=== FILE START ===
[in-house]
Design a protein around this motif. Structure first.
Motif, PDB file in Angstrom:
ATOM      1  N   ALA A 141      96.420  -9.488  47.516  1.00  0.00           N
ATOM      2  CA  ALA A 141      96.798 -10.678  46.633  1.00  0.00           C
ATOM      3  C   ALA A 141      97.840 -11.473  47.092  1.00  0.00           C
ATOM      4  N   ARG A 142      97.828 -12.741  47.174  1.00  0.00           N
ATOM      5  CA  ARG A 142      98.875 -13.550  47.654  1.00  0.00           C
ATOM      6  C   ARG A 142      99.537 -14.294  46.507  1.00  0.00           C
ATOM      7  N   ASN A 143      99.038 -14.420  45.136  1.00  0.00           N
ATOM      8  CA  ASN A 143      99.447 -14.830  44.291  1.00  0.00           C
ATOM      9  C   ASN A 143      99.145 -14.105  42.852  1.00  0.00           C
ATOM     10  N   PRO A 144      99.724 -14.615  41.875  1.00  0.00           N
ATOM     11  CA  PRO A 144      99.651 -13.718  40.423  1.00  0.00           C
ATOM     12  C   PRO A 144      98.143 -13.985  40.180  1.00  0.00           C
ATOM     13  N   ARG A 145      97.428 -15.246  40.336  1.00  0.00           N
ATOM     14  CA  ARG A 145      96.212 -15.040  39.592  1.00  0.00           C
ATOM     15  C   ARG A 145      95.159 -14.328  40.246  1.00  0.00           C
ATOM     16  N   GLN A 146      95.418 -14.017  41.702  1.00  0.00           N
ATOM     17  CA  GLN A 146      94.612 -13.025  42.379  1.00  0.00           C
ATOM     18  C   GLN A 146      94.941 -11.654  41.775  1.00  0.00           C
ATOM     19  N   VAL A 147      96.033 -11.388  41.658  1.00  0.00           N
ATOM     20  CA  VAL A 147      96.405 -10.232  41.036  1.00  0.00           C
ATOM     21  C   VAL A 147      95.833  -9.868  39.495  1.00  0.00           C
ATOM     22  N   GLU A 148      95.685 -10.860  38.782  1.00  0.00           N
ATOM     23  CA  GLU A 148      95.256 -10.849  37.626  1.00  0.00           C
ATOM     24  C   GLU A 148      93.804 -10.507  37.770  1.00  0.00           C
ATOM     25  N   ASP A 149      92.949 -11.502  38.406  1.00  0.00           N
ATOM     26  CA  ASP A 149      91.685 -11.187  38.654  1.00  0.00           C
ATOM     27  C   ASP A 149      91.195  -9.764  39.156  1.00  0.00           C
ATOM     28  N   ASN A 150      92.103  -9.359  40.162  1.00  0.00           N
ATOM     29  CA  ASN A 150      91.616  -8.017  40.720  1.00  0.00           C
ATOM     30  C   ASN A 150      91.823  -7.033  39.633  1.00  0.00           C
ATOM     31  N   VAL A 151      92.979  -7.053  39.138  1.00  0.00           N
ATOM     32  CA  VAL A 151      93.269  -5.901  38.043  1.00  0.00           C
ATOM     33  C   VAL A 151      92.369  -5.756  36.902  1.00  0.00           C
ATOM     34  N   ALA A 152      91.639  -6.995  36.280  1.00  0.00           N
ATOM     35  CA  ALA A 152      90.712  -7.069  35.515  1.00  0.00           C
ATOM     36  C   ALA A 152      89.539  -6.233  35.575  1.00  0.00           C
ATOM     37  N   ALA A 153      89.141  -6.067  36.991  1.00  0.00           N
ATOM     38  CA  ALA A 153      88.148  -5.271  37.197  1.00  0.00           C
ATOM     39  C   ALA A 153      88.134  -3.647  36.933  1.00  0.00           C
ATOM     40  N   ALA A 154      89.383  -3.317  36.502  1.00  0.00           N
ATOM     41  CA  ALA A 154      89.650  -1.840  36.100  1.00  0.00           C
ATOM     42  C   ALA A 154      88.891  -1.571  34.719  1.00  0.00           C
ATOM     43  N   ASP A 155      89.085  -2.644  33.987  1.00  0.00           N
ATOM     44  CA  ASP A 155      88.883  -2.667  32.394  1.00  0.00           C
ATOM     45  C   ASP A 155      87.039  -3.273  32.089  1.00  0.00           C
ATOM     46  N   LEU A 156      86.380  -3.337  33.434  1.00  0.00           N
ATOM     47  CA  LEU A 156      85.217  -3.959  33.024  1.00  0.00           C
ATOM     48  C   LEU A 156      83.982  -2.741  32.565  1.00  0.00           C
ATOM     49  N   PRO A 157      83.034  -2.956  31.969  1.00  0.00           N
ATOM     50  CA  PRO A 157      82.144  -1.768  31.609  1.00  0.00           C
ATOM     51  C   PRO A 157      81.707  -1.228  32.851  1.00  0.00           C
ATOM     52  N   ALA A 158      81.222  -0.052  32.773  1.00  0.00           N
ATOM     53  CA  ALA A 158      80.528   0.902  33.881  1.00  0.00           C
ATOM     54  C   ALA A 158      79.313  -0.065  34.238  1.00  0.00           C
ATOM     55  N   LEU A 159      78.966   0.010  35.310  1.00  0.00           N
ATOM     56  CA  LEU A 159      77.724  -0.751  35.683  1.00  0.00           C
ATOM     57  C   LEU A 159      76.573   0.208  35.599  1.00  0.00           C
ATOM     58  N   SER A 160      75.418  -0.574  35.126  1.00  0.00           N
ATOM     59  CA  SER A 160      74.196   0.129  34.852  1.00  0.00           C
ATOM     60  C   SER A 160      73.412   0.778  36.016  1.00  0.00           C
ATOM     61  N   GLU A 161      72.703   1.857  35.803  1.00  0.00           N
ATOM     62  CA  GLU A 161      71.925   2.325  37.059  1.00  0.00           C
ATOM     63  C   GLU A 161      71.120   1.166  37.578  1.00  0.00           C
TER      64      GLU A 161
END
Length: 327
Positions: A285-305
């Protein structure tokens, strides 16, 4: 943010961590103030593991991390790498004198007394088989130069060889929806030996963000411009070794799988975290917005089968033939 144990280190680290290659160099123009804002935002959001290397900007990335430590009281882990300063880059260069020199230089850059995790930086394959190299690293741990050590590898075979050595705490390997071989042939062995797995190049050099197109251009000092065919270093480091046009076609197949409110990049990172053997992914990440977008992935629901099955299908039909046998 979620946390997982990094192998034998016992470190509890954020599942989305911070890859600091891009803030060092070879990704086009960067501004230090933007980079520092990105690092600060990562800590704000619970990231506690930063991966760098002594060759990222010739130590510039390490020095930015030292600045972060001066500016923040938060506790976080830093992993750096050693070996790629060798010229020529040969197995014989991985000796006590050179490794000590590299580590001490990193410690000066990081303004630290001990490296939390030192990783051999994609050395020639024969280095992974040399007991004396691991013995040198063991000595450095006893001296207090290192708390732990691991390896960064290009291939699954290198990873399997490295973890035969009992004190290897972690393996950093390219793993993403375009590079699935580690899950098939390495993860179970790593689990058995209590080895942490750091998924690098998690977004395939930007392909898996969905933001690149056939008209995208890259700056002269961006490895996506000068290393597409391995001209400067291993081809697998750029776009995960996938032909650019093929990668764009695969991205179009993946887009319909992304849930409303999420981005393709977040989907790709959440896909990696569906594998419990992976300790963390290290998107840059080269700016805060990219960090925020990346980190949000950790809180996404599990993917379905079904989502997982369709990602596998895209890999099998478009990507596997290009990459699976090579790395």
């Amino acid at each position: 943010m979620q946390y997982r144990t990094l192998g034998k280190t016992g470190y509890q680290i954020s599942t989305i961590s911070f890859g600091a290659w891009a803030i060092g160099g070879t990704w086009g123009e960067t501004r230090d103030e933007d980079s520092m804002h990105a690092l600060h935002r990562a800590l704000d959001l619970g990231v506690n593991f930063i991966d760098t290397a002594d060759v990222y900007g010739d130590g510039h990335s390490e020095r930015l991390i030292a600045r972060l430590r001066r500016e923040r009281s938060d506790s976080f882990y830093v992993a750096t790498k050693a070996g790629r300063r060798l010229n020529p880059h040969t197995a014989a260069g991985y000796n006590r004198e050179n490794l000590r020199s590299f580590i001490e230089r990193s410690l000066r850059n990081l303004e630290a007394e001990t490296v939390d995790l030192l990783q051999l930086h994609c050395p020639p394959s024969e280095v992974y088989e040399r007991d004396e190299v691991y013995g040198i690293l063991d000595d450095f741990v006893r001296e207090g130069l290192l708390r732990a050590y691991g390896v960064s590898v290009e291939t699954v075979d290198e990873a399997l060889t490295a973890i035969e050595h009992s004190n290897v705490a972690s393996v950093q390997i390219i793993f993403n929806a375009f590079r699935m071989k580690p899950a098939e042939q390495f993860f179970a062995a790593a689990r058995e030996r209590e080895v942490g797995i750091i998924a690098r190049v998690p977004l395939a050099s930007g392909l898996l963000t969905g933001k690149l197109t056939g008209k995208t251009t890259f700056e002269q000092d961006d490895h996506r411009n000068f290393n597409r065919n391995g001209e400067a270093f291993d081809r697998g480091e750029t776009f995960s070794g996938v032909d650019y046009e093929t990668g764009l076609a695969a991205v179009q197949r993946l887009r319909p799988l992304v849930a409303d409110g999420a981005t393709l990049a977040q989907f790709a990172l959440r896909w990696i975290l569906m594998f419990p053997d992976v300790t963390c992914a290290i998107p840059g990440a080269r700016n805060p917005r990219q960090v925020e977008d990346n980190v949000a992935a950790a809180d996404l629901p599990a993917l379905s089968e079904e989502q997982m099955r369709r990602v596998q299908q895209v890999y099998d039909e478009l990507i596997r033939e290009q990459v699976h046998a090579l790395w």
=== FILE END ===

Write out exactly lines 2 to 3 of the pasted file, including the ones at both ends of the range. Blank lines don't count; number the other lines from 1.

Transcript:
Design a protein around this motif. Structure first.
Motif, PDB file in Angstrom: